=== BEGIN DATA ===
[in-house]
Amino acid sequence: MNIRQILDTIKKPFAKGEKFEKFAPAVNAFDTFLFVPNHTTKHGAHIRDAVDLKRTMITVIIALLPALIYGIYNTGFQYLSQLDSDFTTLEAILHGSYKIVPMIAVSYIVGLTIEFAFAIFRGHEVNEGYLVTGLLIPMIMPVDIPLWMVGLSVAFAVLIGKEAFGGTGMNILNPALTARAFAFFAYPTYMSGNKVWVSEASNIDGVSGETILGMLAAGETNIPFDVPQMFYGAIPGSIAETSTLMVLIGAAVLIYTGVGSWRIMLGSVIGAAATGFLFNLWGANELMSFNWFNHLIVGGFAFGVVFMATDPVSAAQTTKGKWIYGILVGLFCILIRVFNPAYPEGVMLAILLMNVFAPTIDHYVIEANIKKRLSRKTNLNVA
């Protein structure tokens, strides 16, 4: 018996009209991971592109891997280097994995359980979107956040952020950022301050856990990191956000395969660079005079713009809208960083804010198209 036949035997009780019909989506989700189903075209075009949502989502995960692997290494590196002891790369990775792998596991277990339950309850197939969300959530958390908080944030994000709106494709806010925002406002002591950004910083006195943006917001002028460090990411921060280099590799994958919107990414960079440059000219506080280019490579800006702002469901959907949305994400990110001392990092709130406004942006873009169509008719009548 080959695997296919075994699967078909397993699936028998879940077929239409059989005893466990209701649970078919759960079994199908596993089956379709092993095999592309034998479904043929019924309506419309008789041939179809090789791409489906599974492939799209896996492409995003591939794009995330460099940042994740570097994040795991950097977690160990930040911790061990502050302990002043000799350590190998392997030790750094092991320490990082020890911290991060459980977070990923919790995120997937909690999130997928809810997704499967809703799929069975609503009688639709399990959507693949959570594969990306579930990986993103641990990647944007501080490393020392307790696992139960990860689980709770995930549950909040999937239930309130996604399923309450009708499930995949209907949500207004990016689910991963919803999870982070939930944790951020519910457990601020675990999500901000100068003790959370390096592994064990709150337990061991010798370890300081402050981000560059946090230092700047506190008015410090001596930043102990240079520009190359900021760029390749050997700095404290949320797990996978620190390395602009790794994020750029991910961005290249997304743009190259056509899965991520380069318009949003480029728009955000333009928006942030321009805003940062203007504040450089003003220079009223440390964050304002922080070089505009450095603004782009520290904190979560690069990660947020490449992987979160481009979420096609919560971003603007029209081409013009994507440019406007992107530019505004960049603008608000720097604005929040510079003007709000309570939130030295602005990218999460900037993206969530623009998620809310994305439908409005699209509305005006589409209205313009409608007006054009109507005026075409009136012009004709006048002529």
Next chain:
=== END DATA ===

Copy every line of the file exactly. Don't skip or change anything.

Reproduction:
[in-house]
Amino acid sequence: MNIRQILDTIKKPFAKGEKFEKFAPAVNAFDTFLFVPNHTTKHGAHIRDAVDLKRTMITVIIALLPALIYGIYNTGFQYLSQLDSDFTTLEAILHGSYKIVPMIAVSYIVGLTIEFAFAIFRGHEVNEGYLVTGLLIPMIMPVDIPLWMVGLSVAFAVLIGKEAFGGTGMNILNPALTARAFAFFAYPTYMSGNKVWVSEASNIDGVSGETILGMLAAGETNIPFDVPQMFYGAIPGSIAETSTLMVLIGAAVLIYTGVGSWRIMLGSVIGAAATGFLFNLWGANELMSFNWFNHLIVGGFAFGVVFMATDPVSAAQTTKGKWIYGILVGLFCILIRVFNPAYPEGVMLAILLMNVFAPTIDHYVIEANIKKRLSRKTNLNVA
């Protein structure tokens, strides 16, 4: 018996009209991971592109891997280097994995359980979107956040952020950022301050856990990191956000395969660079005079713009809208960083804010198209 036949035997009780019909989506989700189903075209075009949502989502995960692997290494590196002891790369990775792998596991277990339950309850197939969300959530958390908080944030994000709106494709806010925002406002002591950004910083006195943006917001002028460090990411921060280099590799994958919107990414960079440059000219506080280019490579800006702002469901959907949305994400990110001392990092709130406004942006873009169509008719009548 080959695997296919075994699967078909397993699936028998879940077929239409059989005893466990209701649970078919759960079994199908596993089956379709092993095999592309034998479904043929019924309506419309008789041939179809090789791409489906599974492939799209896996492409995003591939794009995330460099940042994740570097994040795991950097977690160990930040911790061990502050302990002043000799350590190998392997030790750094092991320490990082020890911290991060459980977070990923919790995120997937909690999130997928809810997704499967809703799929069975609503009688639709399990959507693949959570594969990306579930990986993103641990990647944007501080490393020392307790696992139960990860689980709770995930549950909040999937239930309130996604399923309450009708499930995949209907949500207004990016689910991963919803999870982070939930944790951020519910457990601020675990999500901000100068003790959370390096592994064990709150337990061991010798370890300081402050981000560059946090230092700047506190008015410090001596930043102990240079520009190359900021760029390749050997700095404290949320797990996978620190390395602009790794994020750029991910961005290249997304743009190259056509899965991520380069318009949003480029728009955000333009928006942030321009805003940062203007504040450089003003220079009223440390964050304002922080070089505009450095603004782009520290904190979560690069990660947020490449992987979160481009979420096609919560971003603007029209081409013009994507440019406007992107530019505004960049603008608000720097604005929040510079003007709000309570939130030295602005990218999460900037993206969530623009998620809310994305439908409005699209509305005006589409209205313009409608007006054009109507005026075409009136012009004709006048002529």
Next chain: